Wire mesh and chicken wire aren't the only options for protecting tree trunks. Plastic tubes are another good resource for protecting trees and well as tall, leggy plants from rabbits. This option works particularly well with fruit trees and other trees that have relatively small trunks. You can purchase commercial tree tubes made for this purpose. Depending on the size of your tree, you may be able to use PVC pipe or you may need to purchase a larger type of plastic tube. or a sheet of easily bendable plastic that you can cut to the size you need and wrap around your tree.

More Natural Ways to Deter Rabbits

If you don't want to rely on plantings alone but aren't ready to install fencing or trunk guards, consider using one or more scent-based options. You can also use these options in addition to the strategies suggested above.

Essential Oils

The powerful concentration of scents that essential oils deliver makes them a great deterrent to rabbits. Mint and peppermint essential oils are good choices, as are lemon balm and rosemary. You can buy essential oils or make your own. Just can place three to five drops of essential oil onto a cotton ball and place it on the ground by the plants you wish to protect from rabbits. Be careful not to get the oil onto your hands since it is very concentrated and could irritate your skin.

Coffee Grounds

Used coffee grounds are a great garden resource. Many gardeners add spent coffee grounds to their compost pile or even use them to enhance the soil in which they plant tomatoes. Like many herbs, coffee grounds have a strong scent that rabbits don't like. So, sprinkling coffee grounds around plants that rabbits tend to target can discourage rabbits from snacking on them.

Red Pepper Powder

Red powder pepper in wooden spoon

If you want a powerful deterrent, red pepper powder or red pepper flakes are touted as great rabbit repellent options. Just sprinkle the powder or flakes around and on top of the plants that you wish to protect. You can get extra mileage out of your pepper when you add it to other types of repellents, such as talc powder or coffee grounds. Caution: If your dogs or cats sniff around your garden, avoid this approach in order to spare your pets a painful experience (and a possible vet visit).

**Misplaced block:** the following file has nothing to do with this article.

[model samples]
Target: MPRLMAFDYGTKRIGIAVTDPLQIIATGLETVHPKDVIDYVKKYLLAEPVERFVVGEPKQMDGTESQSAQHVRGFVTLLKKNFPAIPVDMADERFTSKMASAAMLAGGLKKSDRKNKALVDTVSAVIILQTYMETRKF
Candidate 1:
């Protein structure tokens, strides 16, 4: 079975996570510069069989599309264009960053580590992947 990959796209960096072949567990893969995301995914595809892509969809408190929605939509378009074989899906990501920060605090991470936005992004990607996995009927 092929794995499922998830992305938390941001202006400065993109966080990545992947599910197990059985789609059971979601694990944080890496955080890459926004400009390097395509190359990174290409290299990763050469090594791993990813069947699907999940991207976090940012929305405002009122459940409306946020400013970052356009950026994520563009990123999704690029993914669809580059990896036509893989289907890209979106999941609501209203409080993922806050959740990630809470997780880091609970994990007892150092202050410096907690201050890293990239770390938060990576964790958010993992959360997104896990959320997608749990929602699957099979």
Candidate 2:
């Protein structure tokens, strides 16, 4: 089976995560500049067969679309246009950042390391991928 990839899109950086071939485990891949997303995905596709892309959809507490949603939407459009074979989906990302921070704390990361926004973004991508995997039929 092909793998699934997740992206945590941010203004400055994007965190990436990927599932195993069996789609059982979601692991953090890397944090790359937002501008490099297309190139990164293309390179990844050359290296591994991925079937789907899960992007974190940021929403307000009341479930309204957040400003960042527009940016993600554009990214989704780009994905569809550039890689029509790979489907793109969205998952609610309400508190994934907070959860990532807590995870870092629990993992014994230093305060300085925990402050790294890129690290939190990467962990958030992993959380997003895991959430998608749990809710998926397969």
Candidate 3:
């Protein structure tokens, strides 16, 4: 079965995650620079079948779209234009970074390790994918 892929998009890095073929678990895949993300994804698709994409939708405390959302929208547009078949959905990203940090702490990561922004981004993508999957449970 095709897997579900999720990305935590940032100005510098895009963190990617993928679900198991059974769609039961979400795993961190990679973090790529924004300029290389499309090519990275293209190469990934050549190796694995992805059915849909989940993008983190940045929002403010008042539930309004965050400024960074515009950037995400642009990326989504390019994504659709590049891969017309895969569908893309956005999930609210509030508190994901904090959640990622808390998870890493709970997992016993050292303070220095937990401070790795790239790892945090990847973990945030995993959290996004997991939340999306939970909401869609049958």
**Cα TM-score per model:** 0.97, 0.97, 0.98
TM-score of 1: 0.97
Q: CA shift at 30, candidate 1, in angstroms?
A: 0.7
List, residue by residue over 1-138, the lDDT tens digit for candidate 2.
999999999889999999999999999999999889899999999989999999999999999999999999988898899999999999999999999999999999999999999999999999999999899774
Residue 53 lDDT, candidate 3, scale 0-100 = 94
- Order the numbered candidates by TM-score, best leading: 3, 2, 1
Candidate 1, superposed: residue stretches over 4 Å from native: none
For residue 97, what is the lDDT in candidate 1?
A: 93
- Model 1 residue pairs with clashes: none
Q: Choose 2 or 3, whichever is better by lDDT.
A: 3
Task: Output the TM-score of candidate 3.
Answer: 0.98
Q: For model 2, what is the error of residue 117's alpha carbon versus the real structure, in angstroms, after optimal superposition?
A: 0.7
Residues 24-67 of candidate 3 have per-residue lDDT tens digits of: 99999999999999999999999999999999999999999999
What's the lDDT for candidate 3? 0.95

DIY Rabbit Repellent Spray

Rather than using essential oils or plain red pepper, you can create your own offensive smelling spray to spritz in the parts of your yard and garden that you want rabbits to avoid. The easy-to-prepare recipe below includes garlic, onions, peppermint, and red chili peppers.


Gather the following supplies.

  • Food processor or blender (to chop/puree ingredients)
  • Mesh sieve/strainer
  • Garden sprayer
  • Large bowl with lid
  • Measuring cup
  • Spoon
  • Spatula


Gather the following ingredients. (It's fine to vary the items or quantity a bit; just stick with items with scents that rabbits find unappealing.)

  • 4 large onions
  • 4 cups of fresh peppermint (stems and leaves)
  • 2 garlic bulbs
  • 5 red chili peppers


Follow these steps:

  1. Slice onions and garlic into halves or quarters. (There is no need to peel them.)
  2. Place these and the remaining ingredients into a blender or food process.
  3. Process until liquid or puree consistency.
  4. Add 1 cup of water and blend
  5. Pour all ingredients into a bowl.
  6. Use a spatula or spoon if necessary, to remove all of the mixtures.
  7. Cover with lid and set aside for 24 hours.
  8. At the end of 24 hours strain your mixture using the mesh strainer.
  9. Pour the strained liquid into your spray.
  10. Add water to your mixture until it reached the sprayer fill line.
  11. Spray your garden with the mixture.

When the rabbit returns, you'll know it's time to respray the garden or to try a different remedy.

Cracking the Code: How to Keep Rabbits out of Gardens

It can be tough to deter rabbits from your yard or garden, especially if you have plants they find appealing and you don't want to have to resort to trapping them or applying commercial liquid or granular repellent, which is expensive and isn't always effective. For best results, you may want to try several of the options listed above simultaneously. Or, you may want to experiment by implementing individual strategies in different parts of your yard to see which ones seem to work best.

How to Deter Rabbits With Plants and Other Repellents